War decks commemorated past conflicts, battles, victories, and leaders—or even helped troops to pass the time or get to know their enemies.
Some of the oldest available war cards show impressive figures from older wars. An 1819 deck printed in Philadelphia depicts Washington, Jefferson, Andrew Jackson, and John Quincy Adams as the kings on the court cards. In 1898, the NY Consolidated Card Company put out a Spanish American War deck (complete with poker chips) to supply troops with playing cards.
In 1898, the NY Consolidated Card Company put out a Spanish American War deck (complete with poker chips) to supply troops with playing cards.
In 1916, just before the US entered World War I, a Montreal company put out six versions of an Allied Armies Deck, featuring the flags of the Allied European countries. The kings and queens were actual monarchs of the time. In 1918, the United States Playing Card Company put out four different decks with card backs that celebrated the Artillery, the Navy, the Air Corps, and the Tank Corps.
One of the more famous decks you may already know about is the Ace of Spades Deck produced by The United States Playing Card Company in 1966—at the request of two lieutenants in the US military. The spades symbol was used as psychological warfare against the Viet Cong, who were highly superstitious of the symbol. In addition to that deck, there’s the famous peel-apart deck for POWs during World War II and the Aircraft Spotters Decks meant to educate the public as well as the military.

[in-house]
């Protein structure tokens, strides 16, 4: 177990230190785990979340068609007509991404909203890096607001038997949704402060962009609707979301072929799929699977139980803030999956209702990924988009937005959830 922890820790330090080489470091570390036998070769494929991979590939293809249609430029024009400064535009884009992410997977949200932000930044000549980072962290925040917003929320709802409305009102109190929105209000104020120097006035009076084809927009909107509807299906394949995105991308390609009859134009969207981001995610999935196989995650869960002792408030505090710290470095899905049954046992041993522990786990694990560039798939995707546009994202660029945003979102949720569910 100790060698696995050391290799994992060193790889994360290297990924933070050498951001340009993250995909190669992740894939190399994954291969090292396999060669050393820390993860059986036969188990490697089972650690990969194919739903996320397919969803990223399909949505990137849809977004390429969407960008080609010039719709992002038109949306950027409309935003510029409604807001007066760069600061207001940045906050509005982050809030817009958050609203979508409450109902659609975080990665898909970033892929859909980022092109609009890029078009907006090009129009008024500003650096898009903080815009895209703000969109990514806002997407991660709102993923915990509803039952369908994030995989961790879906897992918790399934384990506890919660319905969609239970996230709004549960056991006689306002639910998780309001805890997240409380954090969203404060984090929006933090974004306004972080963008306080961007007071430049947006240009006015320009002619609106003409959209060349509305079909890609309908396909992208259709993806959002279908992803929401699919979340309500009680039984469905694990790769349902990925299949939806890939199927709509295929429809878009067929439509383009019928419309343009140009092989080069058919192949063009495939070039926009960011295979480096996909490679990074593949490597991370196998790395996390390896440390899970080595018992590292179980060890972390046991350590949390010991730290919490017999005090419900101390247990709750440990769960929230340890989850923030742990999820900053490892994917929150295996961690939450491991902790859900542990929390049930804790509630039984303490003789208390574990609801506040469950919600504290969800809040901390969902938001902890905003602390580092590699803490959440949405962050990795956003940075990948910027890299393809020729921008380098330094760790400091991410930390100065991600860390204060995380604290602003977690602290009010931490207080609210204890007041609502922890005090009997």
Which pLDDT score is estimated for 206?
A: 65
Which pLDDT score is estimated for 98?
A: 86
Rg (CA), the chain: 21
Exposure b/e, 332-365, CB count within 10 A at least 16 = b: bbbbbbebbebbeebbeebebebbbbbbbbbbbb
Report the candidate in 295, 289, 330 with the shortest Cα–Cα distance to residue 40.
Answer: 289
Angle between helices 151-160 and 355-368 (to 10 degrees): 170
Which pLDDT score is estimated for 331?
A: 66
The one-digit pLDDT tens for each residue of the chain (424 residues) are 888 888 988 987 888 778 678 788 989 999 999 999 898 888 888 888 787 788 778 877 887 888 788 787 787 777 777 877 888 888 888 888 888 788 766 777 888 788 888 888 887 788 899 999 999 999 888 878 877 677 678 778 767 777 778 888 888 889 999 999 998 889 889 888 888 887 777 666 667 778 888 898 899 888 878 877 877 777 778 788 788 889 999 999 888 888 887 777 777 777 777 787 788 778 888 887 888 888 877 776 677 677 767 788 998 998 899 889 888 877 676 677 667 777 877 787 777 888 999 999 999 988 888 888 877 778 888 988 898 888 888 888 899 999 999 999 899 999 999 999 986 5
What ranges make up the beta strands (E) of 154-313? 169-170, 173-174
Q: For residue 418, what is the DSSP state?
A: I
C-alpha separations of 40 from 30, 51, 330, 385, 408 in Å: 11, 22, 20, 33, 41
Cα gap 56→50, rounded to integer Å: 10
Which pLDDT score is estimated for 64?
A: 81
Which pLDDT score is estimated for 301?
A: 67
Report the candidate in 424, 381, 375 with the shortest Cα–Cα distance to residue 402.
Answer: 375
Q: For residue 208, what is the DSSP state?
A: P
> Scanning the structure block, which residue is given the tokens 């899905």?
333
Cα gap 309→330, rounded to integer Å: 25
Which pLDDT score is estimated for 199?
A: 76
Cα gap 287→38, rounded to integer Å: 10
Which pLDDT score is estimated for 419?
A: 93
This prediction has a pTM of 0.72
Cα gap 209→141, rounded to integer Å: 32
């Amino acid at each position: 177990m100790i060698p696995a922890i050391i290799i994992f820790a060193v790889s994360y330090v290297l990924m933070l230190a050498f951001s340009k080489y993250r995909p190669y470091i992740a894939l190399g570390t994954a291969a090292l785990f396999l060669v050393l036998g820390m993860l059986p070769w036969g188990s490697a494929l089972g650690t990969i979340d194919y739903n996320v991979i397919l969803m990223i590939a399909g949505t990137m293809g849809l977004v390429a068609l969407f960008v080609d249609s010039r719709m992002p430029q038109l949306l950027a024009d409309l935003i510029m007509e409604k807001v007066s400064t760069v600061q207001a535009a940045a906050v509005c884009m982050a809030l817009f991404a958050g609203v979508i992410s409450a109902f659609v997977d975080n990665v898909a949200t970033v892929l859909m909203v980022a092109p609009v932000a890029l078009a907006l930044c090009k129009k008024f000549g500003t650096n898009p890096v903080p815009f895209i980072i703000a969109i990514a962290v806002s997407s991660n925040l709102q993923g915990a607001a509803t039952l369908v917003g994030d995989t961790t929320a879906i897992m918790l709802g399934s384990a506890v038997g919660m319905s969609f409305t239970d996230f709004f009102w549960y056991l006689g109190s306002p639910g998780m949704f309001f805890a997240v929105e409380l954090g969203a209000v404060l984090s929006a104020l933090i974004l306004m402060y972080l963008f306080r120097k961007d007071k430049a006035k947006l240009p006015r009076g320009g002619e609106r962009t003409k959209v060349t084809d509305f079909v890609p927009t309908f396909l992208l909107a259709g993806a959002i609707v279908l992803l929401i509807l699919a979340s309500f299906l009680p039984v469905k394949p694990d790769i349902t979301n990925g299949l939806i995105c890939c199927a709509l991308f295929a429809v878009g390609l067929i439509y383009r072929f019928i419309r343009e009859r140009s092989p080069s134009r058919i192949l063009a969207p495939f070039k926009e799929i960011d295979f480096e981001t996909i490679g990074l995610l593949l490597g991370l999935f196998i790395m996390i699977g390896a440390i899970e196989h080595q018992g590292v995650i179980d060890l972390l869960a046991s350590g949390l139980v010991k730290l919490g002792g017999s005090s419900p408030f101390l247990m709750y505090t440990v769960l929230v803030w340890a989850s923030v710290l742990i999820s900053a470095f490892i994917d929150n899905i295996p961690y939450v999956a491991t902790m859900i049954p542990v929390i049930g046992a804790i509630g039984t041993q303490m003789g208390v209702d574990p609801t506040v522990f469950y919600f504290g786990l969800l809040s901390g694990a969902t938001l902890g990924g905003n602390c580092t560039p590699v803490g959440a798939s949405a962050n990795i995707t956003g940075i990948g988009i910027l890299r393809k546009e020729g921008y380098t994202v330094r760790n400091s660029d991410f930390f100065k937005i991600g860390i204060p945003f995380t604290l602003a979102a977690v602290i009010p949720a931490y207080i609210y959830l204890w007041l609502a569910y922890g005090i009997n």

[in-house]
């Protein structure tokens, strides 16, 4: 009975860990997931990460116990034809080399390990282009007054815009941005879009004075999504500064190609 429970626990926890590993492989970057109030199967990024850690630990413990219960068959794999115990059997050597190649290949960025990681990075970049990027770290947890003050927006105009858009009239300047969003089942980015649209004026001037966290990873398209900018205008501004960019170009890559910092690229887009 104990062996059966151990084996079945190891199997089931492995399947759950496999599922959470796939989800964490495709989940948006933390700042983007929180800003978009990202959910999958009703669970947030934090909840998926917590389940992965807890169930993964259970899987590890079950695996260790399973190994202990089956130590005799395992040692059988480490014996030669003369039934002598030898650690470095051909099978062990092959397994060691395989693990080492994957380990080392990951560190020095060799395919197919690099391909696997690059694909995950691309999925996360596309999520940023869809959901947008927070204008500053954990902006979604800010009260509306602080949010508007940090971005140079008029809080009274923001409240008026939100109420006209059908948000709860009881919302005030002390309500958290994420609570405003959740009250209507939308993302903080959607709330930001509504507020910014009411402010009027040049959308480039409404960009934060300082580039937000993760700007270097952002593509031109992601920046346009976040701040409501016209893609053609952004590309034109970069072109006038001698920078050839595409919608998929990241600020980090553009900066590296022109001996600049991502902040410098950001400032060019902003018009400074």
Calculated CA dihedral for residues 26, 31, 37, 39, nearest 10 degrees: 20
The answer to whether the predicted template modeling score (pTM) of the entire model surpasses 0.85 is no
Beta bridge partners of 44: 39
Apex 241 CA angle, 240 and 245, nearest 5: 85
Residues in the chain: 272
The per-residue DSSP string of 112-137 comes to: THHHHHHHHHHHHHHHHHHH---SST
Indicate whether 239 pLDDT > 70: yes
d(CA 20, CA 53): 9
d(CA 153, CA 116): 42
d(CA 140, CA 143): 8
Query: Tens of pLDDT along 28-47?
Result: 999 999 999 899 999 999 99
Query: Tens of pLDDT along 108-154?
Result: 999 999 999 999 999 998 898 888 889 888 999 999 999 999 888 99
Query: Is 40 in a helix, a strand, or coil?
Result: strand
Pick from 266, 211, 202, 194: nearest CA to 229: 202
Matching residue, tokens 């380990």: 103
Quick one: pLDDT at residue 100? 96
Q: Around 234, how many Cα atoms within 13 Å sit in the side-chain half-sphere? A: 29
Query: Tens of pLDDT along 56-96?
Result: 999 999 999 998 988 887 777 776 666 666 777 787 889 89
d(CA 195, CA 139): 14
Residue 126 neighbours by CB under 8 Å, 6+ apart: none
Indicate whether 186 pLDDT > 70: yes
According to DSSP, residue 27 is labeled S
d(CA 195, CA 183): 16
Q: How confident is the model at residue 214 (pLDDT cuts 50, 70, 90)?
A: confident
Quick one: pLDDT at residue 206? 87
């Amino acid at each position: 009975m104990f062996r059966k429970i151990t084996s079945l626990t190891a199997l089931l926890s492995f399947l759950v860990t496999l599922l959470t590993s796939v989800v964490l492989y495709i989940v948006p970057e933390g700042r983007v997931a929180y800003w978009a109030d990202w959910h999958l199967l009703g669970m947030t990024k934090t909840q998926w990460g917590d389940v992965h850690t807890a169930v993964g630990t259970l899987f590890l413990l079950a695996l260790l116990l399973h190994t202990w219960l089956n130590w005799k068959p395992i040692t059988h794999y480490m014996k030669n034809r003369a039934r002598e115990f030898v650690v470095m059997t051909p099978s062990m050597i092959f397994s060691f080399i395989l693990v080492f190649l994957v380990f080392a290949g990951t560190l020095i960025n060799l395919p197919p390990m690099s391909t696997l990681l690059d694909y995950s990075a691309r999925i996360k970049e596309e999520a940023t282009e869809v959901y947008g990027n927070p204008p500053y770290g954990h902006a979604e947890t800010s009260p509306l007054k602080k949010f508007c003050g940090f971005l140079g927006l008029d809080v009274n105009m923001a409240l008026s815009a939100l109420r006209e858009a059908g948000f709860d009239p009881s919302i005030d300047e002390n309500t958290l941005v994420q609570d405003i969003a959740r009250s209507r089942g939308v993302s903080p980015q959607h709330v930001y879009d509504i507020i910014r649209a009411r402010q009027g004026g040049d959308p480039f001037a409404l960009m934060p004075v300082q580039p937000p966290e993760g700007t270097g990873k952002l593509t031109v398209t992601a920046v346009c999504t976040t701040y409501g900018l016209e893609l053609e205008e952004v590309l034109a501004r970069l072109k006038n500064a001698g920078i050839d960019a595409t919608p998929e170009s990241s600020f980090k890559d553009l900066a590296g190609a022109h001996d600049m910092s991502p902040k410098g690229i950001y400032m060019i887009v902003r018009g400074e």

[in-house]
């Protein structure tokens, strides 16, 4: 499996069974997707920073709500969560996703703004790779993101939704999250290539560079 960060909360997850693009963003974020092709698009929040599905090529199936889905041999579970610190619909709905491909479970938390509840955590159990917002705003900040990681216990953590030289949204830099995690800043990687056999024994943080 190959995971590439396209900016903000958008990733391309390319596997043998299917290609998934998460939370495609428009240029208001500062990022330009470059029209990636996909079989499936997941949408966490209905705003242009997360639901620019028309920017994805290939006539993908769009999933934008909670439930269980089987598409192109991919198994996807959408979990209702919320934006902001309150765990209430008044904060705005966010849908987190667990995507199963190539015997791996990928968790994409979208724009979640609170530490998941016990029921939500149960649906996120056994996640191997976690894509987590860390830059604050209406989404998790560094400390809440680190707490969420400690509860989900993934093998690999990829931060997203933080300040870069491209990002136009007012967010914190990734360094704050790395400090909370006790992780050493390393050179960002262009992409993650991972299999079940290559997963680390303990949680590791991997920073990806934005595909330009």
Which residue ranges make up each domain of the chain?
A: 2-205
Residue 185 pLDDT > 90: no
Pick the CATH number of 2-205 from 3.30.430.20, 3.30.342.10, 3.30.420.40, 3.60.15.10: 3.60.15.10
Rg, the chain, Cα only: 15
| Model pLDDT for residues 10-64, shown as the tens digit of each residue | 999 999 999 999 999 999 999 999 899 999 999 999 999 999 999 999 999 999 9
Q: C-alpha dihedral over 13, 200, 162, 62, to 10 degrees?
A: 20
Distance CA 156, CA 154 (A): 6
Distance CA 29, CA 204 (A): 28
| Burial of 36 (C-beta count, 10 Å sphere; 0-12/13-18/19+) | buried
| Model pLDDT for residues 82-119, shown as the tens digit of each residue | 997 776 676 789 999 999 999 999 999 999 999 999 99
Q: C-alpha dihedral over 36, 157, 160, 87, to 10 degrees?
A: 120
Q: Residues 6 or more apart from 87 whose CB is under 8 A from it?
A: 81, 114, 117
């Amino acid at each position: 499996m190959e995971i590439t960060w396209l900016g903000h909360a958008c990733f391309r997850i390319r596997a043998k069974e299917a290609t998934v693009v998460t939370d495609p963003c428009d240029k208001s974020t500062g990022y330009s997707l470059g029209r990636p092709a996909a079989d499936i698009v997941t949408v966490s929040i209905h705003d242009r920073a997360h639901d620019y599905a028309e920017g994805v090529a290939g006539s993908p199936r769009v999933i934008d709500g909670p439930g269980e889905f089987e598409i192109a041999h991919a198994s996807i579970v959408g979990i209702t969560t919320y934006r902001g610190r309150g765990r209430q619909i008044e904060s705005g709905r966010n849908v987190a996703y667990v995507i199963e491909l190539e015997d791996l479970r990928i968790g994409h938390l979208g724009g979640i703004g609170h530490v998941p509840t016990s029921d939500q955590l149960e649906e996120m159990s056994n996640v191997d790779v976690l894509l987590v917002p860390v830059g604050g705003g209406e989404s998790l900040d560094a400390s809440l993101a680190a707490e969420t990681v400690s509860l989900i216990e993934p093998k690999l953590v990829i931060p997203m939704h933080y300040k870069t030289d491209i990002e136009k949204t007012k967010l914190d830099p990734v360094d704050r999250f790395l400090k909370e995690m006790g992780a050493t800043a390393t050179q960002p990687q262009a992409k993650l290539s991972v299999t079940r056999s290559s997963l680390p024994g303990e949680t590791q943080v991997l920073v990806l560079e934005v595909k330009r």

The war cards that remain today are some of the most valuable cards a collector can find. It’s their crossover appeal that makes them so expensive; card fans, museums, and military buffs all collect and lovingly hoard them.